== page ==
Cathy Watson doesn't really want you to know where she lives.
She can't take any more pigs.
If you want to adopt a pig, live with a pet pig, she wants you to do your research. Learn what is involved in pig care. Don't be pig headed about living with a pig. Understand the consequences before you adopt a pig.
And although she has spent 25 years rescuing pigs, she can't take any more. She is caring for at least 40, although other rescuers are coming to take some of them away. Some are going as far as Kansas.
If you want to help her financially, you can give to her Paypal account at firstname.lastname@example.org. You can also mail a check made out to Cathy Watson to 212 Forest St., Forest City, 28043, but don't leave any pigs on Forest Street. That's not where she lives.
She can't take any more pigs.
How do we peg the problem presently? What's so perturbing?
There are too many pigs.
You probably already know that wild boars have bred with abandoned pet pigs in national forests and other wild areas to the point that National Public Radio reported an estimated 90,000 feral pigs and crossbred pigs are loose in America today.
So in addition to abandoned dogs and cats, the nation faces a problem with pigs.
Cathy Watson has spent almost half her life doing something about it. As she walked her hillside farm, she talked about the problem and her love of her pigs, all of whom have names like Oscar and Boris.
"People ask me why I don't care about hungry children or poverty or some other issue like that." She points to a wild boar she has fostered sunning on the hill and says, "This is me. This is who I am."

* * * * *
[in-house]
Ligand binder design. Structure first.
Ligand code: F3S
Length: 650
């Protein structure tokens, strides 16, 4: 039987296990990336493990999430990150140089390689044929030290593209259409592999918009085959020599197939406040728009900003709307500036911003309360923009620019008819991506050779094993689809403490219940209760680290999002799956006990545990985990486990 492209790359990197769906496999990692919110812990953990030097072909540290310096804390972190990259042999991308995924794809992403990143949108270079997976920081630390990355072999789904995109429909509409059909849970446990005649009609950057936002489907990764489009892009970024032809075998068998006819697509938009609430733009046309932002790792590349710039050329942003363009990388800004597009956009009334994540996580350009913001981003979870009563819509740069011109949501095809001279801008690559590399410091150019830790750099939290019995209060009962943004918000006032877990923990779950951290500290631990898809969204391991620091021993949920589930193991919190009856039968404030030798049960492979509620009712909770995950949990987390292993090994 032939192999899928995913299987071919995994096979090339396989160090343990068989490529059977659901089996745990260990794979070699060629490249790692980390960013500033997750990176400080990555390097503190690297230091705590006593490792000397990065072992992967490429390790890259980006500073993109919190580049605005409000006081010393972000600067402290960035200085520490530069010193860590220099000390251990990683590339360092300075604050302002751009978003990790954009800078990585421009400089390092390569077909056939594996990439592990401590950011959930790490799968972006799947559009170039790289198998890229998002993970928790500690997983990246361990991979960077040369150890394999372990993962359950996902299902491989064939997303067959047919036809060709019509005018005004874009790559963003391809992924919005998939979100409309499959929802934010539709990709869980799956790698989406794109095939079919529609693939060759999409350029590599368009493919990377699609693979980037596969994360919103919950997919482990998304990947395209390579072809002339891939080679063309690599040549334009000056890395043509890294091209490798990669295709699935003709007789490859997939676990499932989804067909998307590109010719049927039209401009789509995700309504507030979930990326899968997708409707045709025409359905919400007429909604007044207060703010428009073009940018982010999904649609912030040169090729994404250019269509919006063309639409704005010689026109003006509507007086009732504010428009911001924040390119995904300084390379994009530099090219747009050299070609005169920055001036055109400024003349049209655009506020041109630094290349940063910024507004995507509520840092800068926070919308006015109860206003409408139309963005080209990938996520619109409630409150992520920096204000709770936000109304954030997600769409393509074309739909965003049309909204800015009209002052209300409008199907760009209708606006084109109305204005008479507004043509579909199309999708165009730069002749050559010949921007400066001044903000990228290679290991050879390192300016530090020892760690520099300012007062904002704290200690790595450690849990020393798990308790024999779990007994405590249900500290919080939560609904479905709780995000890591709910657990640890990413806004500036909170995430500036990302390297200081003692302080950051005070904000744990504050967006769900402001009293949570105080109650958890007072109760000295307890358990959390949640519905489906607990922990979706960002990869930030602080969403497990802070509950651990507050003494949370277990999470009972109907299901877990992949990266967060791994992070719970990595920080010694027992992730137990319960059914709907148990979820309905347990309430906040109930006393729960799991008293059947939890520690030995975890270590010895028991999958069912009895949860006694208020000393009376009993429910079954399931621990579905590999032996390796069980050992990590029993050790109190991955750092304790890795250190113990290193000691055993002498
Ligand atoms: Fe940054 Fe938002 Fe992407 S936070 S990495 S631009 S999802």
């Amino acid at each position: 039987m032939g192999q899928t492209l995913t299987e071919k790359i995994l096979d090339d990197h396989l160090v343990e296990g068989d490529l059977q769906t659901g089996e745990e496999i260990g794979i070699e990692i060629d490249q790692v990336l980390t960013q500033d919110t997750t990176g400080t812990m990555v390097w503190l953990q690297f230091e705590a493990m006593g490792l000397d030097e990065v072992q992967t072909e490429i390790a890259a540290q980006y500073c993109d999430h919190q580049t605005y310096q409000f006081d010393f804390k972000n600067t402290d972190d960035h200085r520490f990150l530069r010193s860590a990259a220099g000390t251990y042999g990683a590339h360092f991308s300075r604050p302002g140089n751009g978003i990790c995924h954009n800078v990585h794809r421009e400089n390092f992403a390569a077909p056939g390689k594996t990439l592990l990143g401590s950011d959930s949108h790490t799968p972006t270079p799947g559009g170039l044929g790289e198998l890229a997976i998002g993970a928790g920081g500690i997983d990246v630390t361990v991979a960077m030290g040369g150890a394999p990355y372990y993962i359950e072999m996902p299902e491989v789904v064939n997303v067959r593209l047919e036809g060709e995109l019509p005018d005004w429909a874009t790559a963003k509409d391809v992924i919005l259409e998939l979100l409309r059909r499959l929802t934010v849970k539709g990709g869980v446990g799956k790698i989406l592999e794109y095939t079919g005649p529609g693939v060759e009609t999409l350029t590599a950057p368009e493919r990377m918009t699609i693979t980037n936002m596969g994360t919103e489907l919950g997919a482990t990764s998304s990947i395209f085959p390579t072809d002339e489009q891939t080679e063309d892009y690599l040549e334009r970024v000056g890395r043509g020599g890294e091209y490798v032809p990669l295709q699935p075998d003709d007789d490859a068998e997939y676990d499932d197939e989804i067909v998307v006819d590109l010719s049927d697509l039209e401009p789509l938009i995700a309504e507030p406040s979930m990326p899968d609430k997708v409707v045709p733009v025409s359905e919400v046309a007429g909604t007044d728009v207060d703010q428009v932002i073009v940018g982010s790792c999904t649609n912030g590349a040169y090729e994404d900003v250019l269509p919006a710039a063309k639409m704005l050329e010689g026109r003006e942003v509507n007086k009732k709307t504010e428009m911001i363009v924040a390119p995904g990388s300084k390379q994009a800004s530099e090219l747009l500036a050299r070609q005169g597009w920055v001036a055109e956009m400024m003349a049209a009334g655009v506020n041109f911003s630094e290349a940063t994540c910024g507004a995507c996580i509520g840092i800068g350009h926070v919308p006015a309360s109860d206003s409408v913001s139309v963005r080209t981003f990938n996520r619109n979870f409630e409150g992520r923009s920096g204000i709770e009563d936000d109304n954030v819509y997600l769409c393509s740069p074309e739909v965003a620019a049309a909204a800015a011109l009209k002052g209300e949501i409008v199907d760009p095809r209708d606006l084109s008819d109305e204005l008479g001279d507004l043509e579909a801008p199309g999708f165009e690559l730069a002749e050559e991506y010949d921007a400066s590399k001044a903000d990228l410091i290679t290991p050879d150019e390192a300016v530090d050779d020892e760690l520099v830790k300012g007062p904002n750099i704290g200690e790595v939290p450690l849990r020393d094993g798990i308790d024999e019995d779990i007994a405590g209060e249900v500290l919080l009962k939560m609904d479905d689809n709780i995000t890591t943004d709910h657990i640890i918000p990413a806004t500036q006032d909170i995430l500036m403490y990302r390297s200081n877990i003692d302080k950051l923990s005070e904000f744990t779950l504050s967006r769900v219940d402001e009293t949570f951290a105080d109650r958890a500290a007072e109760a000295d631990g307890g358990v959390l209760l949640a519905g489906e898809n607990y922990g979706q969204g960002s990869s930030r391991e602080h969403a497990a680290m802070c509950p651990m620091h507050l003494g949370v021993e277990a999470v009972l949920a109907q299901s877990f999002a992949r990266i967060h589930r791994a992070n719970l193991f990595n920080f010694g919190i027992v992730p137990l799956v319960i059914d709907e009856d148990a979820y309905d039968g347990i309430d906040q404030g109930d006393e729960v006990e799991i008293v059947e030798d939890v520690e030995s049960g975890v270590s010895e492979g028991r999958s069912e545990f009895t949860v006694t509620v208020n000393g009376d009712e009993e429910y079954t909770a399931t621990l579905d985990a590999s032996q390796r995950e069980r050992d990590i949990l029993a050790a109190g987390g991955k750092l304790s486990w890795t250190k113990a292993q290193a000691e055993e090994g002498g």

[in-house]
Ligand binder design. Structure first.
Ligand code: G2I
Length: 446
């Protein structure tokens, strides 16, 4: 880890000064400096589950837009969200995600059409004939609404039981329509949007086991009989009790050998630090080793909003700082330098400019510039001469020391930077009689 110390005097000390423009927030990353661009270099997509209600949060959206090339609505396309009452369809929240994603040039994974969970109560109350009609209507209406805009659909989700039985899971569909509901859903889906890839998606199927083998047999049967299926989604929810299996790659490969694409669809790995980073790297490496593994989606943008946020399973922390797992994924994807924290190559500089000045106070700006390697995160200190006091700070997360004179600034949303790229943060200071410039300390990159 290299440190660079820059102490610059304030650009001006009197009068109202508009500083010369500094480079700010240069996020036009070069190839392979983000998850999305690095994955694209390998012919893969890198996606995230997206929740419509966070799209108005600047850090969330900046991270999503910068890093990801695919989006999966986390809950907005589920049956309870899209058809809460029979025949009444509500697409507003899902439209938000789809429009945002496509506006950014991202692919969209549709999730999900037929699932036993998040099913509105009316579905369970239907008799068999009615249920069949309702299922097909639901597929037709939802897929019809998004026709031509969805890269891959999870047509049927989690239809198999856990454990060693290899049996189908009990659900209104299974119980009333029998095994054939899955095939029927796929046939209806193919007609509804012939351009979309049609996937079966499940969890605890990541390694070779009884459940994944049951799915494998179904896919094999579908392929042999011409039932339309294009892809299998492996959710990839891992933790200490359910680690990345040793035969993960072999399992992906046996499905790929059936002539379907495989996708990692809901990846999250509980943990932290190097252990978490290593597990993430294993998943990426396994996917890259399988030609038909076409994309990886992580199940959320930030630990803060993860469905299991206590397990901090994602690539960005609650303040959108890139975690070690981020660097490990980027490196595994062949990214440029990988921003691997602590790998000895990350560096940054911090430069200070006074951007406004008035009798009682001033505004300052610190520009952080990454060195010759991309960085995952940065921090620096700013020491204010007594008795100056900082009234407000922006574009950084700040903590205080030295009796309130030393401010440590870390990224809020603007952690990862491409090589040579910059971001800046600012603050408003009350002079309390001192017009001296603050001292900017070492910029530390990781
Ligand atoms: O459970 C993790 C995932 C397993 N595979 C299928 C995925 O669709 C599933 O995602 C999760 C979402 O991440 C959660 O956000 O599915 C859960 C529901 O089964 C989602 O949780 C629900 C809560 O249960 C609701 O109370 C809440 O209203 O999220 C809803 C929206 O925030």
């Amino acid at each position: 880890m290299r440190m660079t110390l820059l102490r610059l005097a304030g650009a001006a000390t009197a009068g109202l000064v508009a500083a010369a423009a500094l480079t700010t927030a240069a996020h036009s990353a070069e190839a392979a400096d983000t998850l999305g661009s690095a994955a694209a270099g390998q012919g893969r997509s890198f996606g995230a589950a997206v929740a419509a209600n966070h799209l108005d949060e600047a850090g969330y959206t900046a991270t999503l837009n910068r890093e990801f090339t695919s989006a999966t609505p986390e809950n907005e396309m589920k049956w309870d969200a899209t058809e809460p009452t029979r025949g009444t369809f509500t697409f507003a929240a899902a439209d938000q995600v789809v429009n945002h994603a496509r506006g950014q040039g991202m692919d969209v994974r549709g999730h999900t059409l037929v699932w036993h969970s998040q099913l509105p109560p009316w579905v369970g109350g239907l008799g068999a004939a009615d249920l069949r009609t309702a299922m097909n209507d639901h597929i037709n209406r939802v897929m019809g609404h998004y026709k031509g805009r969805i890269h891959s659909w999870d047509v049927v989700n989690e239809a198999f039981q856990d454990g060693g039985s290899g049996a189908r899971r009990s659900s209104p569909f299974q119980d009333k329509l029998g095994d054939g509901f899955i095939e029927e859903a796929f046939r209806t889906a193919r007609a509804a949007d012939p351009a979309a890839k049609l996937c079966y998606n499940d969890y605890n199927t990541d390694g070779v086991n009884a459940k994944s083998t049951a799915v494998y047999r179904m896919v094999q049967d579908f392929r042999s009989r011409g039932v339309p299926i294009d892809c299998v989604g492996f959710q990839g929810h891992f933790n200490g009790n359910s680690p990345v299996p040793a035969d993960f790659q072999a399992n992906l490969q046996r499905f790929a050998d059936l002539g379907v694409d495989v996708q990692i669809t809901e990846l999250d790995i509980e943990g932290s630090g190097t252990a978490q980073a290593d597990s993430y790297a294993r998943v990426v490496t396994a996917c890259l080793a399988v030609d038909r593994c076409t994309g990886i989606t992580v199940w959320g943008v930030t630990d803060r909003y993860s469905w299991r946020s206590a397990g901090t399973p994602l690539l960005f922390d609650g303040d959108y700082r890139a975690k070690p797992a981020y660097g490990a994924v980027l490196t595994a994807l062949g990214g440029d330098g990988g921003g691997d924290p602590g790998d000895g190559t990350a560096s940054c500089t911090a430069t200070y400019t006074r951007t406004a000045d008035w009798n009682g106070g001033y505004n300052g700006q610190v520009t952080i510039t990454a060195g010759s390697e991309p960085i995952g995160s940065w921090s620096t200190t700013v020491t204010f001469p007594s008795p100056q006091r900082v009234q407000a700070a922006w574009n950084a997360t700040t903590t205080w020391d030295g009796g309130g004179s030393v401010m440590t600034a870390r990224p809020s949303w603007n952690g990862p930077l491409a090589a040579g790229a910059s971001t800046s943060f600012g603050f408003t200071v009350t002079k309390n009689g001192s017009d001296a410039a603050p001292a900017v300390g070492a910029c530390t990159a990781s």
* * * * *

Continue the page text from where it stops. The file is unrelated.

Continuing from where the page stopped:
Some of them are huge. At least one is four feet high and roughly the size of a riding mower. Others are tiny, the breed many know as Vietnamese Pot Bellies. Some are a tad overweight as they have found too many acorns.
In addition to the roughly 40 swine, she has a goat, a sheep, a brood of guineas, peacocks, two dogs and two cats.
"I've had two dogs die this year," she said with a tender grief coloring her New Jersey accent.
The retired RN spends a lot on vet bills and medicine. Food is more expensive in the winter than summer as most of her charges graze in the summer and early fall.
Her caring started at church in New Jersey. A church nativity scene featured live animals. The pig did not make the scene, but when the cast members were dispersed, the pig needed a home.
Charlotte did not need to weave a web that read, "Some Pig." Cathy Watson got the message.
"They are the most intelligent of all domesticated animals," she said with science to back her up.
In addition to needing food and occasional medicine and vet care, they love to have their bellies scratched.
She also recommends The Blind Spot Animal Sanctuary in Rougemont, NC. Both Cathy Watson and The Blind Spot can be found on Facebook.
She is a vegetarian.
"I can't keep doing this," she finally acknowledged. At 68, she said, "I'm getting too old."